“Get out!” he hissed, giving me a nasty look

            I leapt back, smiled awkwardly at all of them and rushed out of the room as if my pants were on fire. As soon as the office door had closed behind me, I leaned against it, sighing and laughing. Good. At least he knew I existed now. But my God, I’m such an ass! I have to learn to keep my mouth shut sometimes.      

Two months later I was finally about to be free! This damned internship was coming to an end. Still, certain conversations I’d listened to from behind closed doors – I had to keep myself busy after all – had aroused my interest. The boss and his three interpreters were like oil magnates to their clients – the smart set in the business world – and their job seemed thrilling. From what I had understood, they met lots of interesting people from all different sectors. That was attractive to me, to say the least: it excited me. Anyway… just a few more minutes and I’d be on vacation. And I could finally start preparations for my big plan, which I hadn’t yet told to anyone. I wanted to take a year off and go backpacking around the four corners of the earth before thinking about any kind of professional future. I wanted to see different countries, meet people, enjoy life and, most especially, have a good time. At 6:00, I picked up the certificate confirming I had completed the internship from the boss’ frustrated secretary and I was ready to leave. I took one last look around my closet, hesitating whether I should pocket a few pens and notepad.

            “You, the intern. In my office!”

            I jumped. What did the big boss want from me? One thing was sure: I wasn’t going to be given a little check to thank me for my good and loyal service. Ever since my stunt, I’d kept my head down any time our paths had crossed, preferring to avoid being shouted at again. What was I getting myself into now? When I went into his office, the big man was typing frenetically on his keyboard. I stood up in front of his desk without really knowing what I should do, wringing my hands, feeling totally ridiculous for the first time and out of place in my magnificent Puma sneakers with my red hair loose and wild.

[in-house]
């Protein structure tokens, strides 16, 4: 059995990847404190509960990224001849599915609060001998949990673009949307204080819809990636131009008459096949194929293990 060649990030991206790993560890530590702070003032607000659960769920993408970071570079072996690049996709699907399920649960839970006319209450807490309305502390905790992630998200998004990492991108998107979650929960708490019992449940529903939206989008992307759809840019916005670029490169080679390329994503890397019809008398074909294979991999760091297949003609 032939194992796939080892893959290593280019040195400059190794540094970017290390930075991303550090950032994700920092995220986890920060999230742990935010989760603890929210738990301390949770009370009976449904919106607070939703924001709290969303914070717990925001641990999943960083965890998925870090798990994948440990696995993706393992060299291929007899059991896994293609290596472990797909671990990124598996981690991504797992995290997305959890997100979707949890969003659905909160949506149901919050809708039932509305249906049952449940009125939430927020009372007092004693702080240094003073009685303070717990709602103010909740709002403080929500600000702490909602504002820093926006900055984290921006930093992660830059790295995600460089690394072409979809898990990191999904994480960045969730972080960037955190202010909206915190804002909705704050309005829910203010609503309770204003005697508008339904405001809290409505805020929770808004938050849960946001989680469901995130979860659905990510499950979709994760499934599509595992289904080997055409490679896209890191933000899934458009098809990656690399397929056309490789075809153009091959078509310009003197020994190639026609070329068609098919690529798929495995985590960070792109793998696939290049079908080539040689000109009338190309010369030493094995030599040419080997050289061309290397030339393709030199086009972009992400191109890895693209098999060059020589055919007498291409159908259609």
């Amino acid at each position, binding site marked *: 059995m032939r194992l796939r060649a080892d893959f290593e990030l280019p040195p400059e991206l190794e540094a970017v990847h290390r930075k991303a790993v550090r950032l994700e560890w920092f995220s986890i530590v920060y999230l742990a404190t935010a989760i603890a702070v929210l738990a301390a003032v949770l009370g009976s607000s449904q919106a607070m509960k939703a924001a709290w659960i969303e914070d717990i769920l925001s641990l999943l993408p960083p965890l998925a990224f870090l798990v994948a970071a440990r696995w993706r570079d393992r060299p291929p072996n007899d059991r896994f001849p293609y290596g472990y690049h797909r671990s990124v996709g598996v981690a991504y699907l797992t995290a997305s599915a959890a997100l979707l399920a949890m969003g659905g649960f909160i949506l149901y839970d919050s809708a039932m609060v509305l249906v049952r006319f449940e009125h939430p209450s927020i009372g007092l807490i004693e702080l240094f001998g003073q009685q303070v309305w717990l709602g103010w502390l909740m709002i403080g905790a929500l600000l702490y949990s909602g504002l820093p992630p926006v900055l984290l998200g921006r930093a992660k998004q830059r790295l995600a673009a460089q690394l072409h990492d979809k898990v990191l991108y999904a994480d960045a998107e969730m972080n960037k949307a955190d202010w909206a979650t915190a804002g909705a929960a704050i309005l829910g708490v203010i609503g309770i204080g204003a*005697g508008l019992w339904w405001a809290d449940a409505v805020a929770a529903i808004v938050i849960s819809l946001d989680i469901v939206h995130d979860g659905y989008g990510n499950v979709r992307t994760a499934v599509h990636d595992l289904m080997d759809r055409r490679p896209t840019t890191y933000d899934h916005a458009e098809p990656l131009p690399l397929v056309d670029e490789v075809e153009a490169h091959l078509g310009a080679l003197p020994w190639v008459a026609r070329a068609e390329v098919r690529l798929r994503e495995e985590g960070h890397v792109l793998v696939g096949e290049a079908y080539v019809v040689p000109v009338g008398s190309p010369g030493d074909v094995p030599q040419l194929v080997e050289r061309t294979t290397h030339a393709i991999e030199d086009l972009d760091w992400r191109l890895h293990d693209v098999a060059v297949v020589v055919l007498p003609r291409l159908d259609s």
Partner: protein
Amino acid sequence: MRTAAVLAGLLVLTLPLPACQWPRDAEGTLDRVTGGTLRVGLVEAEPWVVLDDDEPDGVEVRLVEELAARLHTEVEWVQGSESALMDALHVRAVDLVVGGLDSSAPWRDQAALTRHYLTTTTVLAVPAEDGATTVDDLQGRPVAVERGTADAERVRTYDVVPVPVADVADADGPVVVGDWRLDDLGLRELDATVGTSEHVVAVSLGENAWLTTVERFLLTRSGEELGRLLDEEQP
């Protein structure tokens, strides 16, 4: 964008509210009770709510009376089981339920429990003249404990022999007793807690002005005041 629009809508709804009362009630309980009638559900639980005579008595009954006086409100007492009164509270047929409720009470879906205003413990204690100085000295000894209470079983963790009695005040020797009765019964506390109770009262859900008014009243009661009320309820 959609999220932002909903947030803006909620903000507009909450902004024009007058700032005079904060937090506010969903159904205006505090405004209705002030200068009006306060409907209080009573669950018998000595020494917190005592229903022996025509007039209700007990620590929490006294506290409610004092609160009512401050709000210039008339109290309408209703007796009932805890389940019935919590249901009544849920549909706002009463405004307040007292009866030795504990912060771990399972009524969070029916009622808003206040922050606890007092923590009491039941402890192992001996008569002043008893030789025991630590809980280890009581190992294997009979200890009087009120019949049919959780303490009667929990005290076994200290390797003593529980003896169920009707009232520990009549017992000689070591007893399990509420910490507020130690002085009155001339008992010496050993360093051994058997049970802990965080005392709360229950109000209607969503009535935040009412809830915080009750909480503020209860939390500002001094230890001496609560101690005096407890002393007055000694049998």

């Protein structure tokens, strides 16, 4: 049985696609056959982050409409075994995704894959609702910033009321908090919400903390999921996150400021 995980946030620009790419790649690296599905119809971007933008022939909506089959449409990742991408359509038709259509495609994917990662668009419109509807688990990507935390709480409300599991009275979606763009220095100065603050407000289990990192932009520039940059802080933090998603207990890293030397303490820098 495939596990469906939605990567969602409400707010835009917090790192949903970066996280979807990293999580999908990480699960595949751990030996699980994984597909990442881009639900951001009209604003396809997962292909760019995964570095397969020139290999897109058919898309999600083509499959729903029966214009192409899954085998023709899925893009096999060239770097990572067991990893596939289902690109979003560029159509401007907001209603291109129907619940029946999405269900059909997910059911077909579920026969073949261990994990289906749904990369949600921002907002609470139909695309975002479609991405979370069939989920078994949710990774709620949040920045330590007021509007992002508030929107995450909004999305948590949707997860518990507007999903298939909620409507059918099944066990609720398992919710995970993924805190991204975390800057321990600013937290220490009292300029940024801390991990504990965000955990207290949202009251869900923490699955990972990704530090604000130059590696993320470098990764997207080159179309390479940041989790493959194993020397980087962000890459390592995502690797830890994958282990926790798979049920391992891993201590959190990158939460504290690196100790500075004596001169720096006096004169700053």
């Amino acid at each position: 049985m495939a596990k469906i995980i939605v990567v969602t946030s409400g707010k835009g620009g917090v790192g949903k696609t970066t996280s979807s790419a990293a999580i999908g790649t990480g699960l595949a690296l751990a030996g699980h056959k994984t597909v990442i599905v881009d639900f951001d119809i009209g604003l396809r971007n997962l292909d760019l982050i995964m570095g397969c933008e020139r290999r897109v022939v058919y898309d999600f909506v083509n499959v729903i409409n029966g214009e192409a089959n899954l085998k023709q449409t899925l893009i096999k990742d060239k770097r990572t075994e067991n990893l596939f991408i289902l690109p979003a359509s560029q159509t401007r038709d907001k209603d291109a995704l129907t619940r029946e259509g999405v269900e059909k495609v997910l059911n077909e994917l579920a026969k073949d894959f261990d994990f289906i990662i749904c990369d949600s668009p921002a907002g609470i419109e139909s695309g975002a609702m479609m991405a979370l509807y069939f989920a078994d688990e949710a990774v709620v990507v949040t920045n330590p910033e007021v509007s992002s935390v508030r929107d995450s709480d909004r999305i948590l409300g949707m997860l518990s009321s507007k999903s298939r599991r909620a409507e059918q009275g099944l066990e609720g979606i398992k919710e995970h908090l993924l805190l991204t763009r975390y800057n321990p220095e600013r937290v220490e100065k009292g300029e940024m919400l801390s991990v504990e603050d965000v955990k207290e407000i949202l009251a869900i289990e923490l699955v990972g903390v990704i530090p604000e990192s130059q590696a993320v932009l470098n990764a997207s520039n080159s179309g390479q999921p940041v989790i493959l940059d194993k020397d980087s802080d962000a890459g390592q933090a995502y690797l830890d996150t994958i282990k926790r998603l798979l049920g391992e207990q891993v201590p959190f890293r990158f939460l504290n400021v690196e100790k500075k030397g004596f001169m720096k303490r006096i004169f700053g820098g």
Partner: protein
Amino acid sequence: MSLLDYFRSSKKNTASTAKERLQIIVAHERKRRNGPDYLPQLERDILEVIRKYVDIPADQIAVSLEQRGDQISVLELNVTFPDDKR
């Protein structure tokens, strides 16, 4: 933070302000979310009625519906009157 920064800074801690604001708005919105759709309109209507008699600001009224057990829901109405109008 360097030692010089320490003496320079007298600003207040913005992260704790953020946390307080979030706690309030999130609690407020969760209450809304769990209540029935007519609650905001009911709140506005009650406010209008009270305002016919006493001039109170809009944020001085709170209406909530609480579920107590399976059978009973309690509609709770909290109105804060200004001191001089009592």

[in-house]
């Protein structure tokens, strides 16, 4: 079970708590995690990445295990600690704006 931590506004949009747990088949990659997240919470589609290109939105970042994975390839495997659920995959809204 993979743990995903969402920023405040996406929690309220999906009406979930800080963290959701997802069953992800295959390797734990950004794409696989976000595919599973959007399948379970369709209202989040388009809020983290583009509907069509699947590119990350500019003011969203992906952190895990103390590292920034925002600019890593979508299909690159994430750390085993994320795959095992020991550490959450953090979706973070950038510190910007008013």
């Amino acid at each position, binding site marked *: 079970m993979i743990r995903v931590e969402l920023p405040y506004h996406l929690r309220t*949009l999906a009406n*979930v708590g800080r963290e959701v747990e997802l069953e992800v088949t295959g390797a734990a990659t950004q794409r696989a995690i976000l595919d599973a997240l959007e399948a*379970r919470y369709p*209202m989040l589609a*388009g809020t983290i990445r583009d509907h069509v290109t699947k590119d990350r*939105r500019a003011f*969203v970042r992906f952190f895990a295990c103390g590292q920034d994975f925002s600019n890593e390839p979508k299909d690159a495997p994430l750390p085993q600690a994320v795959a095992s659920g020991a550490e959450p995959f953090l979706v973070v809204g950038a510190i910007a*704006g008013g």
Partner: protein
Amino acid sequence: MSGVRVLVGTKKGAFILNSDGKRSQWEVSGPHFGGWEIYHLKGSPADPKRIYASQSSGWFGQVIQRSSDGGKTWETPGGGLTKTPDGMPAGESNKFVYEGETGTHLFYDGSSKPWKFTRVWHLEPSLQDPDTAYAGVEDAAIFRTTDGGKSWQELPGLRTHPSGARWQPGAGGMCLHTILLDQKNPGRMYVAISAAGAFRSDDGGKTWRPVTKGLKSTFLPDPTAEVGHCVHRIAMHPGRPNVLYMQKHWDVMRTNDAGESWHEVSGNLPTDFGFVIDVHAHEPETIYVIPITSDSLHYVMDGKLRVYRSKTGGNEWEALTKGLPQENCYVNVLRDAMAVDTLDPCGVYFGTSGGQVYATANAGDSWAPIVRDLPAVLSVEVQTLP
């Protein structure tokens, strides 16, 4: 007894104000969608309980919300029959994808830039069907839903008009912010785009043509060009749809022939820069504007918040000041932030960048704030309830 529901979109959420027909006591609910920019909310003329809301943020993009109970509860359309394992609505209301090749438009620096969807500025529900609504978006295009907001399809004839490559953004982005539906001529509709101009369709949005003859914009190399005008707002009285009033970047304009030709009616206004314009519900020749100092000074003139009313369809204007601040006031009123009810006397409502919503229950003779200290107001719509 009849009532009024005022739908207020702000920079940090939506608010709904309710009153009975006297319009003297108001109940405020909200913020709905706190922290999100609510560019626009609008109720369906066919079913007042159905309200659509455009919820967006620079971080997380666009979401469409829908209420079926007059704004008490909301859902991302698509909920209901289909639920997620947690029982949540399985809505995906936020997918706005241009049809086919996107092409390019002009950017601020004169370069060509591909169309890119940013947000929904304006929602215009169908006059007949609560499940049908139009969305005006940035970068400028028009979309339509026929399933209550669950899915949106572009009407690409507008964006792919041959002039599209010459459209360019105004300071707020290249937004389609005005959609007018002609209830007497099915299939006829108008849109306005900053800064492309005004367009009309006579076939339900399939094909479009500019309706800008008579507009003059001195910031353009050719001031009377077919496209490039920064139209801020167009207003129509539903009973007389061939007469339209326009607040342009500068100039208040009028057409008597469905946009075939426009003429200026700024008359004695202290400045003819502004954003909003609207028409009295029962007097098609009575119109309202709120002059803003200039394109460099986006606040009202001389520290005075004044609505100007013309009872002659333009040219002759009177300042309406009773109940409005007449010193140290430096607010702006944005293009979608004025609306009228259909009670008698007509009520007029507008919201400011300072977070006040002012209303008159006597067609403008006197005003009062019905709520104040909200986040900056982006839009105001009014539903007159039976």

“Don’t just stand there!” he said, without looking up.

            I sat down on the edge of an armchair opposite him. Still not looking at me, he continued:

            “It’s your last day here, or so I’m told, and you’ve finished your studies.”

            “Yep, Sir.”      

He scowled when he heard me call him “Sir”. Did he have a problem about his age? Deep down, I really felt like laughing! Ah, the middle age crisis!

            “I’ll expect you here on Monday at 9:00.”

            For the first time, he deigned to look at me.

            “Why?” I replied, without even realizing it.

            He raised one eyebrow, dubiously.

            “I doubt you’ve already found work somewhere else. Am I wrong?”

            He was offering me a job, and what’s more, he wasn’t kidding! I couldn’t understand it. I wriggled around on my seat. Why me? I’d done absolutely nothing for six months, apart from that wonderful blunder!

            “You can go now.”

            “Uh… um… OK… thank you,” I finally managed to say with a tense little smile.

I stood up from my chair, feeling as if everything was happening in slow motion, then walked to the door. But just as my hand was on the doorknob, he called me back:

“Yaël!”

Well, well, he knows my name.

 

“Yes.”

            “Three things: two pieces of advice and one question. The advice to start with: don’t you ever repeat what you did to me last time, and apply yourself to the work.”

How horrible, I’d just been given a warning, like at school!

“I promise,” I replied, trying to look upset.

“The question: how did you get so competent at English?”

I stood up tall like a little rooster ready for a fight and gave him a predatory smile.

“I was born that way!”

He raised one eyebrow. Was he stupid or what? You had to explain everything to old people.